Devotion is Courtney Pine's ninth album and his first to be released on American shores since 1999. Those familiar with Pine's restlessly adventurous, knife-edge walk between the jazz explorations of John Coltrane and Sonny Rollins and his love affair with reggae, soul, funk, world pop and folk musics, and electronica will be delighted with this ...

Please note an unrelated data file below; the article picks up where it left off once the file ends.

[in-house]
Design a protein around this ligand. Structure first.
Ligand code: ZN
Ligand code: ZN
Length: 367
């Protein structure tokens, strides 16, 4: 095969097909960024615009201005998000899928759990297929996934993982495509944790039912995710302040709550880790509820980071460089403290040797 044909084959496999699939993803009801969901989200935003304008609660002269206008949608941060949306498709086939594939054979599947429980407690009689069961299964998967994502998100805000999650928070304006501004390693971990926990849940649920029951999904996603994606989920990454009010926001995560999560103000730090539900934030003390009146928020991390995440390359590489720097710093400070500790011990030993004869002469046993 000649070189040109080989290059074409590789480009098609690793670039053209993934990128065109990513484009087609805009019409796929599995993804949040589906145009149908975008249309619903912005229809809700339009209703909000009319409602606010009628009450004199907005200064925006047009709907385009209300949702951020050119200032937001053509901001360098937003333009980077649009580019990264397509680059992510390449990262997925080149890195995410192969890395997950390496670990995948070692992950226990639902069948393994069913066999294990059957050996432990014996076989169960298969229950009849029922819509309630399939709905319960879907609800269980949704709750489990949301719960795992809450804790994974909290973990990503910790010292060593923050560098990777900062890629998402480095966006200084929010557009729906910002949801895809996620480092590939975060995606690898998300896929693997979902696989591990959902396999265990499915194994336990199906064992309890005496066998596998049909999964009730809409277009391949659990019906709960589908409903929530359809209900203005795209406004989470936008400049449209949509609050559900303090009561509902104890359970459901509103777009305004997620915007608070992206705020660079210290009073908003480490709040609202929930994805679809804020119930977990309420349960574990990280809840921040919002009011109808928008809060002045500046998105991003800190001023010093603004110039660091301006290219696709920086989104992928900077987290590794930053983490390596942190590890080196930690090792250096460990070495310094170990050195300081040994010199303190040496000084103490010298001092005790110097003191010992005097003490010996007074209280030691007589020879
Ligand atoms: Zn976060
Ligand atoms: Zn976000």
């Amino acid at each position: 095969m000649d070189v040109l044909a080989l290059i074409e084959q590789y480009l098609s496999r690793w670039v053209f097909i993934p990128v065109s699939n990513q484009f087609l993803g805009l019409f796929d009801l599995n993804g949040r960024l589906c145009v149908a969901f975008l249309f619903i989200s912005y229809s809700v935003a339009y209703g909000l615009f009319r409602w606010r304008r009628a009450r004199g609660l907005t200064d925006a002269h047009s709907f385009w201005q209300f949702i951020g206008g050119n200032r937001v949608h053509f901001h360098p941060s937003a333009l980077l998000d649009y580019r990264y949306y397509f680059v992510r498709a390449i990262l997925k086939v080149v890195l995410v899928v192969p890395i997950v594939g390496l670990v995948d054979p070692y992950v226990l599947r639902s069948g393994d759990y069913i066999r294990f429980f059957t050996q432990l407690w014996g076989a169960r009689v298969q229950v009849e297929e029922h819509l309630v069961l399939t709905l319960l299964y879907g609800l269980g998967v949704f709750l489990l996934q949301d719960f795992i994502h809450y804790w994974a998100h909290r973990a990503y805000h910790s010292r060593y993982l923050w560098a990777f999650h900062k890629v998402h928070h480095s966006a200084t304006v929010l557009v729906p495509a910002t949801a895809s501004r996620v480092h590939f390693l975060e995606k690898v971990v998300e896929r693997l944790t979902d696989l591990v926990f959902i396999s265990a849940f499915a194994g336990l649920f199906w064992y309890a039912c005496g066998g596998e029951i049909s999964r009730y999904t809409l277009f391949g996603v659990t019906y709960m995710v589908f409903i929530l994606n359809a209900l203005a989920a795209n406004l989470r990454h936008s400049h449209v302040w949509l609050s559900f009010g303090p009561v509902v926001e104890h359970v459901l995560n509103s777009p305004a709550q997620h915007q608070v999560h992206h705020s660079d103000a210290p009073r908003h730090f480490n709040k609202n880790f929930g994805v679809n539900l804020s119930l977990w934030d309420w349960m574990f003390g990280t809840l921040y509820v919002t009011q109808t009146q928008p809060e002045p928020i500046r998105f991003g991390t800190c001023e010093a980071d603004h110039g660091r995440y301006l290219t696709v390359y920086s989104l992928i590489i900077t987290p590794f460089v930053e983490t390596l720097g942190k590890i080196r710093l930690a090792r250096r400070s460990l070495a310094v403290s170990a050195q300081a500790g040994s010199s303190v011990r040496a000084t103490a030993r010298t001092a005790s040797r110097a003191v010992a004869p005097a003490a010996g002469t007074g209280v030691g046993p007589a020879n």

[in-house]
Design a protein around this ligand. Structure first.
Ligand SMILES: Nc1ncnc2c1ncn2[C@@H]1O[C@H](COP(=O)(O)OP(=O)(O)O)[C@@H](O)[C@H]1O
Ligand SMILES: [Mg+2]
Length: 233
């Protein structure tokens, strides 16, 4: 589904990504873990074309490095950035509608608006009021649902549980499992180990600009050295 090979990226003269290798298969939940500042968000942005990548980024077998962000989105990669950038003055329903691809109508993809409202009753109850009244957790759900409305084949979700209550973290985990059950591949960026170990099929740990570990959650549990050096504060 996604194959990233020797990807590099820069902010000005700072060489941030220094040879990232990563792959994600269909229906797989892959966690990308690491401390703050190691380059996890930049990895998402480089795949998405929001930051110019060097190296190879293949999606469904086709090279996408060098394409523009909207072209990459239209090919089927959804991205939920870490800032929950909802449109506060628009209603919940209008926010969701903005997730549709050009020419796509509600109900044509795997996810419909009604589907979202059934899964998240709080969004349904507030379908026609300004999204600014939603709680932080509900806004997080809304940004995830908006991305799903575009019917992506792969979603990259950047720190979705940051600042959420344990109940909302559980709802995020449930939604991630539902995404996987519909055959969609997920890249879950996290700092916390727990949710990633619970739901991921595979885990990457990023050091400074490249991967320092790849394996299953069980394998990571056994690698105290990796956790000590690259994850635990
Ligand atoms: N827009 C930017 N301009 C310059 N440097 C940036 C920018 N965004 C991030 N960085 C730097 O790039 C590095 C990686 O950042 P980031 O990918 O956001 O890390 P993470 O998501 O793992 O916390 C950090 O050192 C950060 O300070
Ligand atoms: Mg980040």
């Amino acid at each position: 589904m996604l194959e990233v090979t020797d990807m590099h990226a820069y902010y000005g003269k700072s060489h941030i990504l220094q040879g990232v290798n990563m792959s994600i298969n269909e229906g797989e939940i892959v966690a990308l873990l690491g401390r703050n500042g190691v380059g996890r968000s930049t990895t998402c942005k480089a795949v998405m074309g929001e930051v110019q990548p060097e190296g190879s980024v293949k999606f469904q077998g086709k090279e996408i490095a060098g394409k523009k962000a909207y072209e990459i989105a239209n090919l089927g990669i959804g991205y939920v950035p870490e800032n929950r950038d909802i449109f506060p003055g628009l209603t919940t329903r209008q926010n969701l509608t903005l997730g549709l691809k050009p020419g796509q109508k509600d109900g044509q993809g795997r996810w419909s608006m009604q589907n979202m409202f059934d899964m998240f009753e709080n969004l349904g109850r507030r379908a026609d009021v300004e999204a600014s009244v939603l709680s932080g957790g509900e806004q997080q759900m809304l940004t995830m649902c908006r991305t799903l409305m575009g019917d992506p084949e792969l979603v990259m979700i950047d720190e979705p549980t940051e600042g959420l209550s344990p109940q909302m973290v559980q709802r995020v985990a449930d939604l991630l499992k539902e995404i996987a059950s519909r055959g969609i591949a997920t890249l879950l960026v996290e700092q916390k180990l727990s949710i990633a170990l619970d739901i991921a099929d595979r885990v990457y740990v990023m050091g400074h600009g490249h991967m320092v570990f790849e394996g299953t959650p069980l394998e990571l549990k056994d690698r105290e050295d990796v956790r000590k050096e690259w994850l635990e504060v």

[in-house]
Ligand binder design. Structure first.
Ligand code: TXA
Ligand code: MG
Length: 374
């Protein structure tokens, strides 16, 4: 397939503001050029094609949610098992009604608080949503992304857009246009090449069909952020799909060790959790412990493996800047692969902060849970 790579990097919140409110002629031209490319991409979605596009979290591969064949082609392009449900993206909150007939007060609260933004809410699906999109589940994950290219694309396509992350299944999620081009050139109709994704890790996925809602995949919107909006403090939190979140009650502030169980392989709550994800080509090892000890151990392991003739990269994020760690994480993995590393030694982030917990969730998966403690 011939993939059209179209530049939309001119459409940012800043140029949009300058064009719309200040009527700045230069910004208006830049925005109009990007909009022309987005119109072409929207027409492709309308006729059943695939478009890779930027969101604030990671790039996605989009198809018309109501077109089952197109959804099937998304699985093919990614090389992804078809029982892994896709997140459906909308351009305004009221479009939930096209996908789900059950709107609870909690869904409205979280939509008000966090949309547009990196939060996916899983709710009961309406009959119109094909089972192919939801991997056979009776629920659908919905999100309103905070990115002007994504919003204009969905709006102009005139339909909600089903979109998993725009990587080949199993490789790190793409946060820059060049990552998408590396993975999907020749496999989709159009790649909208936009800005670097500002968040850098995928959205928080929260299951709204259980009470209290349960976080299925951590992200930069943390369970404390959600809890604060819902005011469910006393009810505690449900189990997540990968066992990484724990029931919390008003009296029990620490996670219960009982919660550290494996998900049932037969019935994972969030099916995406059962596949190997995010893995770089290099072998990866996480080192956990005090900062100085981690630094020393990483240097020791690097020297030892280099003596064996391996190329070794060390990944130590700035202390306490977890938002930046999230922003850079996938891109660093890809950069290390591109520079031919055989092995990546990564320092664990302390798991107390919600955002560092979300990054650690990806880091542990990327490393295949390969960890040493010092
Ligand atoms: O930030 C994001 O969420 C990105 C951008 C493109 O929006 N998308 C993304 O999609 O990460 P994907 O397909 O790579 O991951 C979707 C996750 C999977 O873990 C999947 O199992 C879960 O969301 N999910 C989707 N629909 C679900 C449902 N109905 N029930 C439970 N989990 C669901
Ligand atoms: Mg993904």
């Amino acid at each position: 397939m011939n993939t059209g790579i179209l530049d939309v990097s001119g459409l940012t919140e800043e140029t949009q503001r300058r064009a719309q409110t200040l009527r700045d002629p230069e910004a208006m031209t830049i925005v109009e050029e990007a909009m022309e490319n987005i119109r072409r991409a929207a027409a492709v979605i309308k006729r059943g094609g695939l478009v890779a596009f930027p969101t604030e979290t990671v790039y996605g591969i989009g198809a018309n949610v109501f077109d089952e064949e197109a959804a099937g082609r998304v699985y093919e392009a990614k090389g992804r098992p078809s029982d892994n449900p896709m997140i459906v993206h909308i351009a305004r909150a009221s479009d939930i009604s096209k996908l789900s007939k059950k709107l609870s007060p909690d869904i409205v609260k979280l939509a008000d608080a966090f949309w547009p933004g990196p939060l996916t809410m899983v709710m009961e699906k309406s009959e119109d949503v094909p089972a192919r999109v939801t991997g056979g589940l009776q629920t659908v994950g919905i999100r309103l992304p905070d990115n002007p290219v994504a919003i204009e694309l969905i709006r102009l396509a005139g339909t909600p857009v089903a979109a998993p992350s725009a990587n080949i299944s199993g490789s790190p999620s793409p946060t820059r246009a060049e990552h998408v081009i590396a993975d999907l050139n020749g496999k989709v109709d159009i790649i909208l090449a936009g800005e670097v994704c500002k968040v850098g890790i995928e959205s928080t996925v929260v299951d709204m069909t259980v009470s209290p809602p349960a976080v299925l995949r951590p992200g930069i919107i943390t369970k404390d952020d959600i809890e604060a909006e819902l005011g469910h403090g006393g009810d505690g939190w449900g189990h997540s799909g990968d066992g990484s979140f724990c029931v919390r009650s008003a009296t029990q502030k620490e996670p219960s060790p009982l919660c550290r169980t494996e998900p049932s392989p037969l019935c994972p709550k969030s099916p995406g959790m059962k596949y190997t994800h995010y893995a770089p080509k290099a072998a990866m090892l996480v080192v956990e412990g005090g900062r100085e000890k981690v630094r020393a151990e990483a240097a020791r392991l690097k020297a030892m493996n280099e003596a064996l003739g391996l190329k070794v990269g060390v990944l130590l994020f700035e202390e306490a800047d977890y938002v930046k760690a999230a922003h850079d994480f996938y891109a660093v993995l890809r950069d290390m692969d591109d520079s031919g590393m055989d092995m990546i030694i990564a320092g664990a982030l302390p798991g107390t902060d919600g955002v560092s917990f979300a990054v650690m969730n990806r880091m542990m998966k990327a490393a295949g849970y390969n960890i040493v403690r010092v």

Devotion is Courtney Pine's ninth album and his first to be released on American shores since 1999. Those familiar with Pine's restlessly adventurous, knife-edge walk between the jazz explorations of John Coltrane and Sonny Rollins and his love affair with reggae, soul, funk, world pop and folk musics, and electronica will be delighted with this (though maybe not happy that the remixes on the U.K. edition were left off). He has balanced all of his passions and inquiries on a record that leaves in the edges, but makes the puzzle pieces fit. Pine's connection to nightclub and street music is in his DNA; he has been employing it since his 1986 debut, Journey to the Urge Within. On Devotion, the studio becomes a lab. He's not interested in watering down his obsessions to make them fit; he's seeking to pump everything up and have genres rub up against each other. Pine plays electric piano, Hammond organ, saxophones, EWI, clarinets, and flute, as well as programming bass and loops. Also starring are guitarist Cameron Pierre, bassist Peter Martin, drummer Robert Fordjour, and various percussionists, including Thomas Dyani. From the jump, Pine goes into interstellar overgroove. After a kung fu movie intro wedded to sound effects, he kicks it with "Sister Soul," a blistering funky soul-jazz track that pushes all the right buttons with its low-down swagger and Pierre's eight-string glissando guitars. The title track is uptempo rocker's reggae (which bleeds well into the ska zone), on which Pine plays baritone saxophones and bass clarinet. He makes the dread beat dance with jazz dissonance and harmonics; the groove is deep, dirty, and lusty. In his solo, Pine honks like a bar walker and steams like Archie Shepp circa 1969, but it's all him. Other notables include the post-bop jazz meets Afro-funk of "Osibisa," a tribute to the pioneering African band of the same name from the 1970s, and the shimmering East Indian groove of "Translusance," with guest sitarist Sheema Mukherjee from Transglobal Underground and tabla star Yousuf Ali Khan. When Pine and Mukherjee trade fours and play harmonic counterpoint, the effect is dazzling. Other killer cuts include the stomping instrumental Northern soul strut of "U.K." and the snake-hipped, finger-popping, scratchadelic groove jazz of "Everything Is Everything." There are also a couple of fine vocal numbers. First there is a beautiful cover of John Martyn's "Bless the Weather" with David McAlmont of McAlmont & Butler singing; later comes the Will Jennings/Joe Sample nugget "When the World Turns Blue," with Carleen Anderson of the Young Disciples. Ultimately, Devotion is the work of a mature and restless jazz master who understands how to get exactly what he wants out of a record, and is not interested in jazz as a separate entity or a rarefied, elitist tradition, but as a living, breathing, evolving argument that embraces difference as part of its mission to look deeply and interpret musical forms through its own kaleidoscopic lens. ~ Thom Jurek, Rovi